Today's step-by-step guide will walk you through installing PIAF-Purple with Asterisk 1.8.6.0 on a dedicated machine with a CD/DVD drive using the new CentOS 5.7 ISOs. Instructions for installation of the OpenVZ template on a virtual machine are provided in this updated Nerd Vittles article. Instructions for use of the flash drive installer are available in this updated Nerd Vittles article. As always, we recommend installation of any new PIAF server or virtual host behind a secure, hardware-based firewall (such as dLink's Gaming Router) with NO INTERNET PORT EXPOSURE to your PIAF box!

Atom-based PC Platform. For the least expensive hardware alternative, pick up an Atom-based PC, preferably not an EEE PC because of the network driver incompatibility with CentOS. The refurbished Revos work fine. Someone has actually tested them! They can easily support a business with dozens of phones.

PIAF ISO Setup. Once you have your hardware connected to a reliable Internet source, you'll need to choose the appropriate ISO for your hardware. If you have a CD-ROM or DVD drive on your server, we'd recommend the 32-bit PIAF 1.7.5.7.1 ISO. Just download it from SourceForge or one of the PIAF mirror sites, burn it to a CD, and then boot your server from the CD. If your server lacks a CD-ROM and DVD drive, then download the brand new 32-bit PIAF 1.7.5.7.1 Flash-Only ISO from SourceForge and copy it to a 1GB or larger thumb drive following the instructions in this Nerd Vittles tutorial. Then boot your server from the thumb drive.

PIAF Installation. Once you've booted the PIAF installer, you'll be prompted to choose an installation method. For most users, simply pressing the Enter key will get things started. Choose a keyboard and time zone when prompted and then enter a very secure root password for your new server. The installer then will load CentOS 5.7 onto your server. When complete, your server will reboot. Remove the CD or Flash Drive at this point, and you'll be prompted to choose the version of Asterisk to install. If you don't get the CD out in time, the install process will start from scratch. At the first prompt, just reboot after removing the CD and everything will be fine. We recommend PIAF-Purple. It loads Asterisk 1.8.6.0, the only current version of Asterisk with long-term support.

During the final phase of the install, you will be prompted to choose a master password for FreePBX® and the other VoIP web utilities. Once your server reboots, log into the Linux CLI using your root password and write down the IP address of your server from the status display.

FreePBX Setup. Most of your life with PBX in a Flash will be spent using the FreePBX web GUI (click on image below to enlarge) and your favorite browser. To access the FreePBX GUI, point your browser at the IP address you wrote down. Read the RSS Feed in the PIAF GUI for late-breaking security alerts. Any alerts older than September, 2011 already are included in current PIAF builds. Now click on the Users button which will toggle to the Admin menu. Click the FreePBX icon. When prompted for your username and password, the username is maint. The password will be the FreePBX master password you chose during the PIAF install.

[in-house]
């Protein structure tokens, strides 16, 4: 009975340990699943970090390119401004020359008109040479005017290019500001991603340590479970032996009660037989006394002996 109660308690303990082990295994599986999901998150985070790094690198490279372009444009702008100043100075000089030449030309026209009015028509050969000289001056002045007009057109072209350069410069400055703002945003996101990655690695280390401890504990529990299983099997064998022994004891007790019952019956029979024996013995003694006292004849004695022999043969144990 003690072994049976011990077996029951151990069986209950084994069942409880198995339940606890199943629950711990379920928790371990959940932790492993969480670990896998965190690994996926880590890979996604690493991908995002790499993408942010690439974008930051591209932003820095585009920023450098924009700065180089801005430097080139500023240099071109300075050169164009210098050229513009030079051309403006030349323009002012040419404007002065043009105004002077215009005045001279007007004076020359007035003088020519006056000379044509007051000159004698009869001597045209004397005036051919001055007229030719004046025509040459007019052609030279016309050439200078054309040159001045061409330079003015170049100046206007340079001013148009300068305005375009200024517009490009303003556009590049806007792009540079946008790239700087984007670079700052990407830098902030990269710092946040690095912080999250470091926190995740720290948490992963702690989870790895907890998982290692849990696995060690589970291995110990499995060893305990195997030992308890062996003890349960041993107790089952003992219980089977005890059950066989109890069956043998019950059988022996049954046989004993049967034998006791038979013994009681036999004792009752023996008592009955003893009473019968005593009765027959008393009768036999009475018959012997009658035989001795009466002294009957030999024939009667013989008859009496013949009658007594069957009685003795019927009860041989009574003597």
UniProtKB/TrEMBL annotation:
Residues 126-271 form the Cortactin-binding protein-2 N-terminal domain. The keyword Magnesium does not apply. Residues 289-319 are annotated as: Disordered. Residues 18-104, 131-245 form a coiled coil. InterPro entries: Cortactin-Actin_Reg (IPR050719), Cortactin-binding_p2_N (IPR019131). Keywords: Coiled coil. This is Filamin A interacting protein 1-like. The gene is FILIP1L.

Got That Pioneer Spirit? If you like living on the wild side, it's a simple process to upgrade the default FreePBX 2.8 install to FreePBX 2.9. Here's a 5-minute video that will walk you through the process. If you should get stumped, don't worry! Just visit this thread on the PIAF Forum. It'll cover everything you'll see in the video and more.

With either FreePBX 2.8 or 2.9, getting a minimal system operational is a 5-minute drill. You'll need to set up at least one extension with voicemail, configure a free Google Voice account for free calls in the U.S. and Canada, configure inbound and outbound routes to manage incoming and outgoing calls, and plug your maint password into CallerID Superfecta so that names arrive with your incoming calls. Now add a phone with your extension credentials and you're done.

Extension Setup. Let's start by setting up an extension. A good rule of thumb for systems with less than 50 extensions is to reserve the IP addresses from 192.x.x.201 to 192.x.x.250 for your phones. Then you can create extension numbers in FreePBX to match those IP addresses. This makes it easy to identify which phone on your system goes with which IP address and makes it easy for end-users to access the phone's GUI to add bells and whistles. To create extension 201 (don't start with 200), click Setup, Extensions, Generic SIP Device, Submit. Then fill in the following blanks USING VERY SECURE PASSWORDS and leaving the defaults in the other fields for the time being.

User Extension ... 201
Display Name ... Home
Outbound CID ... [your 10-digit phone number if you have one; otherwise, leave blank]
Emergency CID ... [your 10-digit phone number for 911 ID if you have one; otherwise, leave blank]

Device Options
secret ... 1299864Xyz [make this unique AND secure!]
dtmfmode ... rfc2833
Voicemail & Directory ... Enabled
voicemail password ... 14332 [make this unique AND secure!]
email address ... yourname@yourdomain.com [if you want voicemail messages emailed to you]
pager email address ... yourname@yourdomain.com [if you want to be paged when voicemail messages arrive]
email attachment ... yes [if you want the voicemail message included in the email message]
play CID ... yes [if you want the CallerID played when you retrieve a message]
play envelope ... yes [if you want the date/time of the message played before the message is read to you]
delete Vmail ... yes [if you want the voicemail message deleted after it's emailed to you]
vm options ... callback=from-internal [to enable automatic callbacks by pressing 3,2 after playing a voicemail message]